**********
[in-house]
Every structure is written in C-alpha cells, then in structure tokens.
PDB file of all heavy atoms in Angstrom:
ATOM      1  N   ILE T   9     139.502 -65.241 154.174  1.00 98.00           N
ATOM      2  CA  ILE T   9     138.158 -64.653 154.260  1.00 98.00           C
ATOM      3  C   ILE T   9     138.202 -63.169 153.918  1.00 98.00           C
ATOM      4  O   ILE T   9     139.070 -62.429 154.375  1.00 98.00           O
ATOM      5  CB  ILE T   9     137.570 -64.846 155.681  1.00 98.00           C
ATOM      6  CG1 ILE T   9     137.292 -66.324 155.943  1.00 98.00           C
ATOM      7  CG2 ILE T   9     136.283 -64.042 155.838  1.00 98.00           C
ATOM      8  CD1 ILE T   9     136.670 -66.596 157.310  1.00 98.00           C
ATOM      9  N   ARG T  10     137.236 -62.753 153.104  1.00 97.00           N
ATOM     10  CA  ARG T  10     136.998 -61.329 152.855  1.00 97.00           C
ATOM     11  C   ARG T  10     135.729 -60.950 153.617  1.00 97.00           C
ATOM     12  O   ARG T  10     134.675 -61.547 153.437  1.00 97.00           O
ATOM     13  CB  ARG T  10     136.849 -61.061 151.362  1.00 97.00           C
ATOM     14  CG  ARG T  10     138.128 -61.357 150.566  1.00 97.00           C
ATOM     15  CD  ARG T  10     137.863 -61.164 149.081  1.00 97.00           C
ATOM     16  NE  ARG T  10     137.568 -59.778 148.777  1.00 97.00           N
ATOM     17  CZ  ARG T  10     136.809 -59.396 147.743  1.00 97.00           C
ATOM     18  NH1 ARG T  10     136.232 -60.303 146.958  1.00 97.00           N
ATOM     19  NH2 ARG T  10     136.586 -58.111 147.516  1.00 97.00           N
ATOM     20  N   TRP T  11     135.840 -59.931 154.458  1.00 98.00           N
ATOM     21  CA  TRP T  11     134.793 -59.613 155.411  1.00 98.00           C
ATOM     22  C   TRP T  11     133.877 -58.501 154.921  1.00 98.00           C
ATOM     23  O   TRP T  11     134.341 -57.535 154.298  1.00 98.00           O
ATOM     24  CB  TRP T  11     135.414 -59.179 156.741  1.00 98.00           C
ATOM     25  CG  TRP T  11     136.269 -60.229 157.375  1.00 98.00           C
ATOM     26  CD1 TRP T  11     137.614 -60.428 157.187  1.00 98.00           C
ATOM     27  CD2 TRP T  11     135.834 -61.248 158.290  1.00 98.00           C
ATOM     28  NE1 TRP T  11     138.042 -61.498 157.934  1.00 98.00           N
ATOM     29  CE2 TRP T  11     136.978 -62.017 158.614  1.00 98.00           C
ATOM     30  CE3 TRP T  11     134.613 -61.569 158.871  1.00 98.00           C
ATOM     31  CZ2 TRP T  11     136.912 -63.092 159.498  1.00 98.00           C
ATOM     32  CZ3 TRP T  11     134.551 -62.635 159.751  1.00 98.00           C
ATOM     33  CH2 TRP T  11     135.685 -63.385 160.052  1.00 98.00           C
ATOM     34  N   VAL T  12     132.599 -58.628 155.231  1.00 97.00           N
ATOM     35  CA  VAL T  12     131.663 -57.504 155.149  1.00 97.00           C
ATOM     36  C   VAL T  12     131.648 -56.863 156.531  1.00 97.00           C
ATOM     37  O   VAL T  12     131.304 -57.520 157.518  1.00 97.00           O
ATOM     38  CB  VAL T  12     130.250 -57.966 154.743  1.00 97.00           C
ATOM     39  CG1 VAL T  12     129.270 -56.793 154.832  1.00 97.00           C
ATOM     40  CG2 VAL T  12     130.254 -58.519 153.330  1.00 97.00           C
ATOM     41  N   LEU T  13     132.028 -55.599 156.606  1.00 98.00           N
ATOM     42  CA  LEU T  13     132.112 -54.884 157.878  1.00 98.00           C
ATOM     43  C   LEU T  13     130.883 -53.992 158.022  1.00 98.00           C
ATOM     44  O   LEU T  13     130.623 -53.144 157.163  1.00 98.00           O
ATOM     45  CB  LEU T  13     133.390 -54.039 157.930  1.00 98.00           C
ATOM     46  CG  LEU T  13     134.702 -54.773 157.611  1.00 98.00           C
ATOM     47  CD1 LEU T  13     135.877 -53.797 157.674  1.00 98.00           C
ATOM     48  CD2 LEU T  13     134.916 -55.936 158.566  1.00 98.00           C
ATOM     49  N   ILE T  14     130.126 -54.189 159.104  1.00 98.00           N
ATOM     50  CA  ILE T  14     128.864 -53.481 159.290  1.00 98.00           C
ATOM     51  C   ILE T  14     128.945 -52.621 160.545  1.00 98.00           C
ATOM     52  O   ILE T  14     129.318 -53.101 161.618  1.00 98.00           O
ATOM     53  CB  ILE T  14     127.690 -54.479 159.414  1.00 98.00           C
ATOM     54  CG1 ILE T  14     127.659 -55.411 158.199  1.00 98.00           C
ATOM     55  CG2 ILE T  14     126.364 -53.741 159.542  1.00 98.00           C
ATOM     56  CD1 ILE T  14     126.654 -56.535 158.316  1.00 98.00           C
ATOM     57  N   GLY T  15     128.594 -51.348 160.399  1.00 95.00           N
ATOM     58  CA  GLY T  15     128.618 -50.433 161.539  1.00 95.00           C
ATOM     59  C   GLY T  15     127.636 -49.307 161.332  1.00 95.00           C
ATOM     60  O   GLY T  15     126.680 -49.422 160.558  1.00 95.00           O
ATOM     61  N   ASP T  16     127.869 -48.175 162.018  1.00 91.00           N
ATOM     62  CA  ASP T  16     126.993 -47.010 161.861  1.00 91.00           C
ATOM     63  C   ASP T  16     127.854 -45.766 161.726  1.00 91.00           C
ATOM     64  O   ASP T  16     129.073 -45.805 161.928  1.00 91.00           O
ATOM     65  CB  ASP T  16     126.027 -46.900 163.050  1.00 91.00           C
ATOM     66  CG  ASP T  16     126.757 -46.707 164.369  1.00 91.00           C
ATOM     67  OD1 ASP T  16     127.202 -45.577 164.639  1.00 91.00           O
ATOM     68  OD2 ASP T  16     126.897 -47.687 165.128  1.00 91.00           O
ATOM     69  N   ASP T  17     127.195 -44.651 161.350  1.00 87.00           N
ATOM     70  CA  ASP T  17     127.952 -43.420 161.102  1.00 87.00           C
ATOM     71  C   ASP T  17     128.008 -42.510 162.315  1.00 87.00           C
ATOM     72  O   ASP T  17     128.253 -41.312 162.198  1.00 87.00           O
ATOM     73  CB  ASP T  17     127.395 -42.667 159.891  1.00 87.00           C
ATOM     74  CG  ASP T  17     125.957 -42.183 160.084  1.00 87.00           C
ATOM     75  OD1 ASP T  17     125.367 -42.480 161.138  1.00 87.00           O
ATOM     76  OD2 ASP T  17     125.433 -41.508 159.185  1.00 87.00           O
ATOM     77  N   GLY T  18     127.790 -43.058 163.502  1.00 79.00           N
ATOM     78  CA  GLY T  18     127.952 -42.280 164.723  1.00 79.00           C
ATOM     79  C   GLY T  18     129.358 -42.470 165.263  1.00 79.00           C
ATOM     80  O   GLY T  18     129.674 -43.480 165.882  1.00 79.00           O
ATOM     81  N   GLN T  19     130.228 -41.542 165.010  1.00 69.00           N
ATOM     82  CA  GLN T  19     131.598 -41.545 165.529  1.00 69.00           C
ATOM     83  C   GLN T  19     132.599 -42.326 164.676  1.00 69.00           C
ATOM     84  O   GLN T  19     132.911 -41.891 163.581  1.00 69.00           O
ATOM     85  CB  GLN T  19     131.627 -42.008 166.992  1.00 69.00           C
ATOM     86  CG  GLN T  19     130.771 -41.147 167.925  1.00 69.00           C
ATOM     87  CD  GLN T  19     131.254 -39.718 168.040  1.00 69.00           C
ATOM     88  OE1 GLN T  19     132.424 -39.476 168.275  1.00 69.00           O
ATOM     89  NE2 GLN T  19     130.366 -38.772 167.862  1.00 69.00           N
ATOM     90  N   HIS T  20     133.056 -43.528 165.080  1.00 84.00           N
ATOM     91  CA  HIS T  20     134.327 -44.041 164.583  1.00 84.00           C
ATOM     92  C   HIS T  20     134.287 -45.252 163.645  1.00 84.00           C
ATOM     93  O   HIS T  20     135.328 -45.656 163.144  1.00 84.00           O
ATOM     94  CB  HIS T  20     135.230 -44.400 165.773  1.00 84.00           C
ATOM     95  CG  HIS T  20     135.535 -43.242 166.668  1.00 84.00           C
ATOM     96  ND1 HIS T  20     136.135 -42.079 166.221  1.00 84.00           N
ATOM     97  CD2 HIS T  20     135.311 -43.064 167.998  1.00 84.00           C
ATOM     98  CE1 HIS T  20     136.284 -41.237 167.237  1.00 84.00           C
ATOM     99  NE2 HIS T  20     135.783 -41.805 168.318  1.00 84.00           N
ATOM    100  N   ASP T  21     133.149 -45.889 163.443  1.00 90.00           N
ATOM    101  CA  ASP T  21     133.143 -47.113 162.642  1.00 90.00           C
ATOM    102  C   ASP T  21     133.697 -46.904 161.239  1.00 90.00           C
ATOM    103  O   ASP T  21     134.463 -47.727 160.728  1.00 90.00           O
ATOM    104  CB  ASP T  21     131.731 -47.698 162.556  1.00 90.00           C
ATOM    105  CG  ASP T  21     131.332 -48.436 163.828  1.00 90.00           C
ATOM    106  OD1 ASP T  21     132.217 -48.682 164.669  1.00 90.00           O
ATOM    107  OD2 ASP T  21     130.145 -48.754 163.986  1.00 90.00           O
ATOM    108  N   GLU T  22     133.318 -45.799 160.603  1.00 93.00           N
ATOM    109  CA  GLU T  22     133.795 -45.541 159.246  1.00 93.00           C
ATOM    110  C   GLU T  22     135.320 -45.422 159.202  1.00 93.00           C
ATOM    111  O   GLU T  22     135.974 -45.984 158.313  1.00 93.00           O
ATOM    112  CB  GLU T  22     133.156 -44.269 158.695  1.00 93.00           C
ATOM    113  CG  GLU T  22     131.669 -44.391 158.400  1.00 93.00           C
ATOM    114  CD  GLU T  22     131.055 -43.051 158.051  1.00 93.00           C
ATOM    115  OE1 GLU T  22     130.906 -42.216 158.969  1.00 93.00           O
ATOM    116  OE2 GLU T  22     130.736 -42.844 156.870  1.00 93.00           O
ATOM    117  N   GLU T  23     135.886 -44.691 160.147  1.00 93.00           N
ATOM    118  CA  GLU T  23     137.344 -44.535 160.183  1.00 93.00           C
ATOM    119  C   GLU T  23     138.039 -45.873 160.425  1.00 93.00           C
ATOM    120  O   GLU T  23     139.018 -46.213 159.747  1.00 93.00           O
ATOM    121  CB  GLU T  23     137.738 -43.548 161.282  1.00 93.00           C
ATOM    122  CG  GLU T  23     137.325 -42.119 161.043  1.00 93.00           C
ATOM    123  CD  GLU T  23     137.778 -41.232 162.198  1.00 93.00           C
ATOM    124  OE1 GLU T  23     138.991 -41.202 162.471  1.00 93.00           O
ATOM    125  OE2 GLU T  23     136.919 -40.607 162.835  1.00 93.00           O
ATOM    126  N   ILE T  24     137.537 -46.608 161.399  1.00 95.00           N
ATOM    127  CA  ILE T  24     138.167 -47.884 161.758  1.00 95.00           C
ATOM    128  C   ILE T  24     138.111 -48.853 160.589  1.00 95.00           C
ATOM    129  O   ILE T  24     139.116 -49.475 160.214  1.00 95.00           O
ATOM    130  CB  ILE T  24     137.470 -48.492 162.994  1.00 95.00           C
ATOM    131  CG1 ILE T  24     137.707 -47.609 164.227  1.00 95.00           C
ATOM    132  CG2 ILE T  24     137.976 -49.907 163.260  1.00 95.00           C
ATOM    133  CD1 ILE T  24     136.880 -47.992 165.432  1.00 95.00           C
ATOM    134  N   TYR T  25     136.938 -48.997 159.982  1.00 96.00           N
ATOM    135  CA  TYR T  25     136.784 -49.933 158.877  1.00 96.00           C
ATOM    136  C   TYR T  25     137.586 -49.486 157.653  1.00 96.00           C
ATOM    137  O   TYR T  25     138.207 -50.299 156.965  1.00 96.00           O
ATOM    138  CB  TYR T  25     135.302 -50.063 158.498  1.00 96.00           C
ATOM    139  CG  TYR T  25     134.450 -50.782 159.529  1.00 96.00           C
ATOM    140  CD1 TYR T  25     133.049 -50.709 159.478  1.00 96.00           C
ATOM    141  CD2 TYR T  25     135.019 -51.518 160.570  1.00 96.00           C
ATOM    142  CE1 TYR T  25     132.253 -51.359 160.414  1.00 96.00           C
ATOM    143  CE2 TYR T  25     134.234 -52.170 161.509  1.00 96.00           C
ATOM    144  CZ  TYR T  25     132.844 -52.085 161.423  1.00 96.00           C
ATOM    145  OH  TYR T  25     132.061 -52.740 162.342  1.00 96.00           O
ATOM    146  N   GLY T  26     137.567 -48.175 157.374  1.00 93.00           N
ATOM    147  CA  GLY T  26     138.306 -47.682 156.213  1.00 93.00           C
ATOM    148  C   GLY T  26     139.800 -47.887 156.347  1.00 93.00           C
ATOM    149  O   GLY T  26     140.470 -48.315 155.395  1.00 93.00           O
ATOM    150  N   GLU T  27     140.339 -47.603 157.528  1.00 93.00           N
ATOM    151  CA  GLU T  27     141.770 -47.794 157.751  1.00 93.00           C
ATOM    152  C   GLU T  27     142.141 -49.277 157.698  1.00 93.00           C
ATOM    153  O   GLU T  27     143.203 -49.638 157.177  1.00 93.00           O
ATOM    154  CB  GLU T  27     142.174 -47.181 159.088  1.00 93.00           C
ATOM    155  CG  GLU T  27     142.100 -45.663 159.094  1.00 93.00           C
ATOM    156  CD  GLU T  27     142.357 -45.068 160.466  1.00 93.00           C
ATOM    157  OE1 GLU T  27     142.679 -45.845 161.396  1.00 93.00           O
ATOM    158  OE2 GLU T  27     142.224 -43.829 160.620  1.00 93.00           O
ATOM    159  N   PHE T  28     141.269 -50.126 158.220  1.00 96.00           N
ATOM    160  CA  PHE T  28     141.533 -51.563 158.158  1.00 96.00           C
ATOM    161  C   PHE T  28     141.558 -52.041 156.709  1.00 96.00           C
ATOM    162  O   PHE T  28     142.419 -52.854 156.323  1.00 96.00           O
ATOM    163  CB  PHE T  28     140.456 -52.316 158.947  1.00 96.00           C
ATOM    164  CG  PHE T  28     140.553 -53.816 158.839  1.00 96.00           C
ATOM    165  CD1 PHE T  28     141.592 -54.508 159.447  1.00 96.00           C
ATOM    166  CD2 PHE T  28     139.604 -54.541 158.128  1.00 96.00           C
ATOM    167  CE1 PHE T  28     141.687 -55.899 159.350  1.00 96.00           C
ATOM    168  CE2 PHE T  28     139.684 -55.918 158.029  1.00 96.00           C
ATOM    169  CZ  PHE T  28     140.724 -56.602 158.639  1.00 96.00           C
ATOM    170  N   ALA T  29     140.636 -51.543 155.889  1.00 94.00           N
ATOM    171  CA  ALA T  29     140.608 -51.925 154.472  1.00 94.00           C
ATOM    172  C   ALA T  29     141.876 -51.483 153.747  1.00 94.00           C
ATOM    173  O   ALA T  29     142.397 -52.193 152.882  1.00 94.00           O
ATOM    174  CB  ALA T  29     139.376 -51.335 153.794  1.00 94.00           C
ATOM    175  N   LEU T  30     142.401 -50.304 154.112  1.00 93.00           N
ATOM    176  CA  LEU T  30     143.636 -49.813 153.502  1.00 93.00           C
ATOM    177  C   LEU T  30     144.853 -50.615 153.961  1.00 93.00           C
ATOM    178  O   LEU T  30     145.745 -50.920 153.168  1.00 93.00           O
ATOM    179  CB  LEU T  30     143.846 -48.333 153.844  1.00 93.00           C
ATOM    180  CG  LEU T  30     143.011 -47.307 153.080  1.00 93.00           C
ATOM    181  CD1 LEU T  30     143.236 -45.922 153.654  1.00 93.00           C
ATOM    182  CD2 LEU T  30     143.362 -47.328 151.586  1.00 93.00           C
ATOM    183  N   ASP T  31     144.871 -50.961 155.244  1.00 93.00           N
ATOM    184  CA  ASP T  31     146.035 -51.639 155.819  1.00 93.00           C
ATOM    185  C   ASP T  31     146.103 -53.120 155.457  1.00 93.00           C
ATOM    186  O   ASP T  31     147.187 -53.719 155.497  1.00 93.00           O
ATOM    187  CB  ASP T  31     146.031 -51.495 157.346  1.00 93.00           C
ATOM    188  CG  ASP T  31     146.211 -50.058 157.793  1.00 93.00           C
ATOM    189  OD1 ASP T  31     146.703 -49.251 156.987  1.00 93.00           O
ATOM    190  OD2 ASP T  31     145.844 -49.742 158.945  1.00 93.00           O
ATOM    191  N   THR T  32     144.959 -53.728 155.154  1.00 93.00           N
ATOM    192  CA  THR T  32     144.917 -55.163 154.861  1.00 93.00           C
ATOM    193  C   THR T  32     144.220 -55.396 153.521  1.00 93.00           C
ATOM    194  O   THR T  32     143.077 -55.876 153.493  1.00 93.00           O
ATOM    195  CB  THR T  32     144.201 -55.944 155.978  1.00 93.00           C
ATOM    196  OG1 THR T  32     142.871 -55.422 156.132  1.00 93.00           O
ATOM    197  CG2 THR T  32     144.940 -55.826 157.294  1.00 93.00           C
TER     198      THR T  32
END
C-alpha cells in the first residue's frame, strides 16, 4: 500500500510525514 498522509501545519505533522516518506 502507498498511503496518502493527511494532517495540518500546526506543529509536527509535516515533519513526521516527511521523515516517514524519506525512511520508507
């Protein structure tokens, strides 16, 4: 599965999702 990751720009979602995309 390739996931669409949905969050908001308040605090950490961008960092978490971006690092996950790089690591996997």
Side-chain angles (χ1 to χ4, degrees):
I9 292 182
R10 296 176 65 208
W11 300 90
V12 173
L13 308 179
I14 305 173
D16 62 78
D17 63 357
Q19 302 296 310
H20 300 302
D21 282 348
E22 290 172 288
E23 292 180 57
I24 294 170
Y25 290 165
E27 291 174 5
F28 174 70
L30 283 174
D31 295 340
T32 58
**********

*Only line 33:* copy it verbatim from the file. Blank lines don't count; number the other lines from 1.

ATOM     30  CE3 TRP T  11     134.613 -61.569 158.871  1.00 98.00           C